Well it looks like winter has finally arrived, the flooding and wild winds have been replaced by freezing temperatures and half the lakes in the country have a lid on them already.
I have managed to find myself a water at last having spent a couple of months in the wastelands, so to speak, a nice little Estate lake in Northampton. The setting is about as stereotypical for an English estate as you can get, like a film location for a period drama. There is a huge manor house atop a small hill and rolling lawns meandering down into a six acre lake, dammed at one end with a small stone bridge and inlet stream at the other. Sheep wander freely over the entire area and often straight up to the bivvy door at first light, their sudden Bleating can almost send you through the bivvy roof in shock!
I have even had a take from one when he decided, out of curiosity, to turn my reel handle with his nose to see what would happen, what happened was me and the dog came flying out the bivvy and fifty sheep went charging off up the hill in panic.
Over the years the lake has seen the passing of millions of gallons of water fed from the stream and the fields and then pushed over the outlet onto the lower ground of the valley below but what it has left in its passing is silt, I wouldn’t like to even guess how deep but I know for a fact it has gone from 14 feet deep to 5 over the last couple of decades, and that’s the deep end!
Most of the six acres are between three and four feet deep and hold around sixty fish including one very big common of around forty six pounds, so how after nine nights spread over five weeks have I not even seen one single fish roll or jump?
It always amazes me on these little shallow lakes, just how elusive the carp can actually be, although I am not sure that the middle of winter is the best time to start looking really.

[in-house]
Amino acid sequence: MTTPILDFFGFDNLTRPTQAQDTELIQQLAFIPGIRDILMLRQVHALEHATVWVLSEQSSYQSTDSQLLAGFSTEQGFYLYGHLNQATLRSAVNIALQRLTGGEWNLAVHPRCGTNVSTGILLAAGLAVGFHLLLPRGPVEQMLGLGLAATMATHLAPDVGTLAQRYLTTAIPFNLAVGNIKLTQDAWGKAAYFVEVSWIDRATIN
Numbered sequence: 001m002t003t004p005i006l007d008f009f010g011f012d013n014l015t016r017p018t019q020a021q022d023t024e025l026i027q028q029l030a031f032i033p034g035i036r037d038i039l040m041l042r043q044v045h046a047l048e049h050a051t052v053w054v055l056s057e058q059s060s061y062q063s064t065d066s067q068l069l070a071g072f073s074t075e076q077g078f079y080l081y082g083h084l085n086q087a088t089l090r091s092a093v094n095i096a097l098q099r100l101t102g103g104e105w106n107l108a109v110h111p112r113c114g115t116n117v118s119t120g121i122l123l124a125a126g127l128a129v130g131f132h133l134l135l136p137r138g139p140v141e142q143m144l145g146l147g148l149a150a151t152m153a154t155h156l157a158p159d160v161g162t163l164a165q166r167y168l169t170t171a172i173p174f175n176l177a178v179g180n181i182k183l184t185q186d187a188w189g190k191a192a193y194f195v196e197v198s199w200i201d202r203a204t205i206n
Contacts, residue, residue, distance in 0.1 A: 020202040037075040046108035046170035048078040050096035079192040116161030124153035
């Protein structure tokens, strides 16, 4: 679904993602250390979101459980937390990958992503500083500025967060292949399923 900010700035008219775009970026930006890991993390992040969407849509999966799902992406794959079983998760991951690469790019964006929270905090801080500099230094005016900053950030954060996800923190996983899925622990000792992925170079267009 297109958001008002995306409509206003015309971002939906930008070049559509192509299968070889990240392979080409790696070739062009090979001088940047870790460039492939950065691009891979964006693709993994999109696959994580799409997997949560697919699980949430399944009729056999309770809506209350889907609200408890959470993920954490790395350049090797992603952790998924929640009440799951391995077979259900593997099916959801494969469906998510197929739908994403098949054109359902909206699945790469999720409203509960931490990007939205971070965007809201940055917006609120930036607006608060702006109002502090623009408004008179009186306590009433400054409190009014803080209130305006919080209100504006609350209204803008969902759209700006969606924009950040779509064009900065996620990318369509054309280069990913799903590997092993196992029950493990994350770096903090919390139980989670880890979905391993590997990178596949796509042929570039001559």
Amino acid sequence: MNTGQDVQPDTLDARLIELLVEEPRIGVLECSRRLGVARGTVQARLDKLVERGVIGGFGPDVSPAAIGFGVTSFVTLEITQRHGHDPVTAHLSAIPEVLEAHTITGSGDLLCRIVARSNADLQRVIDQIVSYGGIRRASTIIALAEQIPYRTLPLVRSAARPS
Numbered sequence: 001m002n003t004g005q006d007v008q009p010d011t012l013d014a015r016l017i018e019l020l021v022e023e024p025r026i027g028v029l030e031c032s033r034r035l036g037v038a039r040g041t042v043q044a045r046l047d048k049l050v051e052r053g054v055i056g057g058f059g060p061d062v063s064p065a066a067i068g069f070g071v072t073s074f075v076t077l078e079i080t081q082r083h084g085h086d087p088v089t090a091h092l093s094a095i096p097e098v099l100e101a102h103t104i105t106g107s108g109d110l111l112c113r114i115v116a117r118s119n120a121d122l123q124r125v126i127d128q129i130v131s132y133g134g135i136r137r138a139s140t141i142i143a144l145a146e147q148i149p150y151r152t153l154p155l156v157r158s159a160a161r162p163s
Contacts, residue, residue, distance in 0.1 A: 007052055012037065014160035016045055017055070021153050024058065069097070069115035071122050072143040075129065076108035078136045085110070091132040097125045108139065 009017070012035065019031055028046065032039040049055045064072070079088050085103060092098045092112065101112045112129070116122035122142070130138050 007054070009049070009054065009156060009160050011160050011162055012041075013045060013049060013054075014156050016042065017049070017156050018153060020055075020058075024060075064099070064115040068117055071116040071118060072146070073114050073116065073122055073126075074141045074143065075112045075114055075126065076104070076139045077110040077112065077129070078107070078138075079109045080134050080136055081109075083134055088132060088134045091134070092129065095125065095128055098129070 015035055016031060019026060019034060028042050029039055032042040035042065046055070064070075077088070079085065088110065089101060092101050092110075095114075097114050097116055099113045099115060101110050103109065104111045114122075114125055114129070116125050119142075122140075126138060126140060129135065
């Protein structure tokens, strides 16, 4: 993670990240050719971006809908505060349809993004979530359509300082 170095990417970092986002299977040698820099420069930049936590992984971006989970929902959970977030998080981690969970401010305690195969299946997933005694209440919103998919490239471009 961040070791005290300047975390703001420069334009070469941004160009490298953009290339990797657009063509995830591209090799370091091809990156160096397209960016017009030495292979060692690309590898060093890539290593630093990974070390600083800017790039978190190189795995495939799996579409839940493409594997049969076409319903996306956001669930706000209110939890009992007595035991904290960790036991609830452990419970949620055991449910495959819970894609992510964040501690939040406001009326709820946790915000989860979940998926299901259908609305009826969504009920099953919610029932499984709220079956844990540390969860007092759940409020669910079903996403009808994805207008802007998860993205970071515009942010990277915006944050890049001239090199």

I have managed to catch one though and it’s always nice to open your account on a new water; I had a lovely fish of twenty two pounds one oz mirror on my second trip, fooling me into thinking that I had sussed the place and I would have a hat-full by now!
My last two visits have coincided with the arrival of a new ice age and I am actually now at home writing this when I would normally still be fishing but yesterday half the lake froze over and by midday I still had ice coated lines and freezing fog masked the far bank. The forecast last night was for minus four degrees and, looking out of the window, I can see they were right and there is no way the lake could survive that.
One thing I will say though, having just fished in such bitter conditions, is how warm and comfortable I managed to stay while I was there, I was genuinely amazed when I woke up to find the lake, my bivvy and everything all around encased in ice. The lid was frozen onto my water bottle and yet I was snug as a bug in my sleeping bag and oblivious to it all.
Thermal carp fishing gear has come on in leaps and bound over the last few years and I look back in horror at just how unprepared we all used to be, in Argos sleeping bags with an old blanket over the top. I now use the Hard-core sleeping bag with the Comfort Zone Peach-skin cover and, to be totally honest, I wouldn’t actually like to be any warmer for that would mean stripping off layers of clothing which is all well and good until you get a run in the night dressed in just a T-shirt and your Sponge Bob Square pants, pants!
The beauty of this system, for me, is that it still crushes down into the bed-chair when I pack up and, as long as you un-clip the cover and tuck it inside the frame, you can fold the bed totally flat so that it goes back on the barrow nicely.
As for actual winter clothing I am now spoilt for choice, being in the fantastic position of having to test the new ranges of kit I have so much warm gear to choose from that I couldn’t catch a chill in the Arctic.
My personal choice at the moment though is the big Force Ten jacket for in the daytime when I am out and about in the elements and the Thermo-Tex survivor for dossing about in the bivvy in the long hours of freezing darkness, this thing is like a portable sleeping bag and so comfortable and warm it’s incredible.
Anyway, I gotta be off now, I have a load of cold wet gear in the back of the truck to dry out and I’ve just spotted a low pressure system moving across the XC-Weather site, apparently it’s going to be eight degrees by the weekend so get your warm jackets on and get out there while you can.